NGO threatens to take state to court over lax standards

Equal Education has threatened legal action against the department of basic education for not signing norms and standards regulations that would establish a legally-binding benchmark for school infrastructure.

Doron Isaacs, the coordinator of the Cape Town-based NGO, said on Wednesday that Equal Education would like to avoid going to court. “Basic Education Minister Angie Motshekga is meeting with the Council of Education Ministers [comprising the national and provincial ministers] over the next two days, which gives her the perfect opportunity to sign the document.”

For more than a year, Equal Education has been campaigning for the adoption of regulations that specify the physical infrastructure standards all schools must meet in order to function properly.

About 100 learners from schools across the Cape Peninsula spent two nights camping outside Parliament in an attempt to pressure the minister of basic education to adopt norms and standards for all government schools in the country. Watch the slideshow.
In July, Equal Education invited learners from schools across the Cape Peninsula to spend two nights camping outside Parliament in an attempt to pressure the minister to compel all government schools in the country to meet these standards.

Isaacs said there was a widespread backlog to school infrastructure.
“While the mud schools in the Eastern Cape are a good example of the problem: most [public] schools in South Africa don’t have school halls, libraries, science laboratories or functional computer labs.”

He said: “There is no document where anyone can go look at what exactly what is necessary in a school. There is no standard that will ensure we deal with it.”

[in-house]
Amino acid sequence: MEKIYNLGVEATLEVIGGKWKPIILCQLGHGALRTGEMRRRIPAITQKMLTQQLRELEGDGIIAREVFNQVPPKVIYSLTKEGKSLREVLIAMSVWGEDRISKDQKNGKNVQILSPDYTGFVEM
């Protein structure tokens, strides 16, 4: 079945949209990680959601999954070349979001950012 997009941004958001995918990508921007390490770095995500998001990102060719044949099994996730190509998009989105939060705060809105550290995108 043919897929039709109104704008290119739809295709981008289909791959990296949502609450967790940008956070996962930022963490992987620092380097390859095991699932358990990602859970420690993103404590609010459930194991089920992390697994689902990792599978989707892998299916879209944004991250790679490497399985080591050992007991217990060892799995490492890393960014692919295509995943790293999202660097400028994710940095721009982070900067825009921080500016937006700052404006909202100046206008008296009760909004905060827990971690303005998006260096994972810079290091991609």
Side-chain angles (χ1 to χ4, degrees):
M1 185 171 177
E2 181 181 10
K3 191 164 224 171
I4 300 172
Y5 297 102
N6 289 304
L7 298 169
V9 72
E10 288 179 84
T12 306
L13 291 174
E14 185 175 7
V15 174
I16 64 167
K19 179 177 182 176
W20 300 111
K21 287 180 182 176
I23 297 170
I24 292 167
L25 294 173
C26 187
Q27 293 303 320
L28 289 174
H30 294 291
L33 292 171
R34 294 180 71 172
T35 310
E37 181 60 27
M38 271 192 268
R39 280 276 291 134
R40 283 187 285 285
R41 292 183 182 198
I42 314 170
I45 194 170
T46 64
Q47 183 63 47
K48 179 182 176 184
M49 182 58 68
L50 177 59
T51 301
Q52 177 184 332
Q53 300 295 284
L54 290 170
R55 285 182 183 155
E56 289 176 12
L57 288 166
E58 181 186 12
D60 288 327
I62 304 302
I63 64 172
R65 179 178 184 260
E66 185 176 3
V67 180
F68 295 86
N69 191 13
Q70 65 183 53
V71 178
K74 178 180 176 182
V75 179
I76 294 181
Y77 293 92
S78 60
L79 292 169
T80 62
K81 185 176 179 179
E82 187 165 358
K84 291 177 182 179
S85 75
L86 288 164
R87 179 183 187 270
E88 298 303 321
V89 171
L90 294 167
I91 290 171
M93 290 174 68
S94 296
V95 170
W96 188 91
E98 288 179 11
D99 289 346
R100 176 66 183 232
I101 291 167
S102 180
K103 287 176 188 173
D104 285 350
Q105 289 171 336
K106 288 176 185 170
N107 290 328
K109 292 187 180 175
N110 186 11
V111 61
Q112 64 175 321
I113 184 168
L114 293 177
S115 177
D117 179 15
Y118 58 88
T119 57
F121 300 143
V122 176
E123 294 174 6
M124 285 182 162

In February, shortly after Equal Education and high school pupils picketed outside outside Parliament to draw attention to the education crisis in the Eastern Cape, Motshekga invoked section 100 of the Constitution, which allowed for direct intervention by the national government, or the provincial department enters into a memorandum of understanding with the national department.

Parliament amended the South African Schools Act in 2007 introducing section 5A, which gives the minister the power to adopt these regulations.

In June 2010 the department of basic education adopted a policy, called the National Policy for an Equitable Provision of an Enabling School Physical Teaching and Learning Environment, wherein the department committed to promulgating these regulations by March 31.

The department indicated in its 2009/2010 annual report that these norms and standards regulations had been developed in 2010 already. No reasonable explanation has been given for the delay of implementing these regulations.

A report released by the department in May 2011 revealed that of South Africa’s 24 703 public schools:

  • Over 3 500 schools still do not have any access to electricity and a further 800 schools have an unreliable electricity supply;
  • More than 2 400 schools still do not have access to any water and a further 2  600 have an unreliable water supply;
  • More than 900 schools do not have any ablution facilities while a further 11 000 still have to use pit latrine toilets;
  • Only 7% of schools have stocked and functioning libraries
  • Only 5% of schools have stocked and functioning laboratories; and
  • Only 10% of schools have stocked and functioning computer centres.

Isaacs said they did not expect overnight results once the regulations are implemented. “All we want her to say is ‘this is my plan, these are my time frames, these are the standards to which all schools will be raised and if we don’t achieve it by these dates, we understand there would be consequences’.”

Currently, each of the nine provinces has its own budgets and plans to upgrade infrastructure, while the national department only offers advice. Isaacs said with the regulations in place, it would be legally binding for the provinces to ensure the infrastructure is implemented.

Amanda Strydom

Amanda Strydom

Amanda Strydom is the Mail & Guardian online's night editor. With a background in science and journalism, she has a black belt (third dan) in ballet and, according to a statistical analysis of the past three years, reads 2.73 books every week. She never finishes her tea, although she won't say no to a cupcake. But only just this once. Read more from Amanda Strydom

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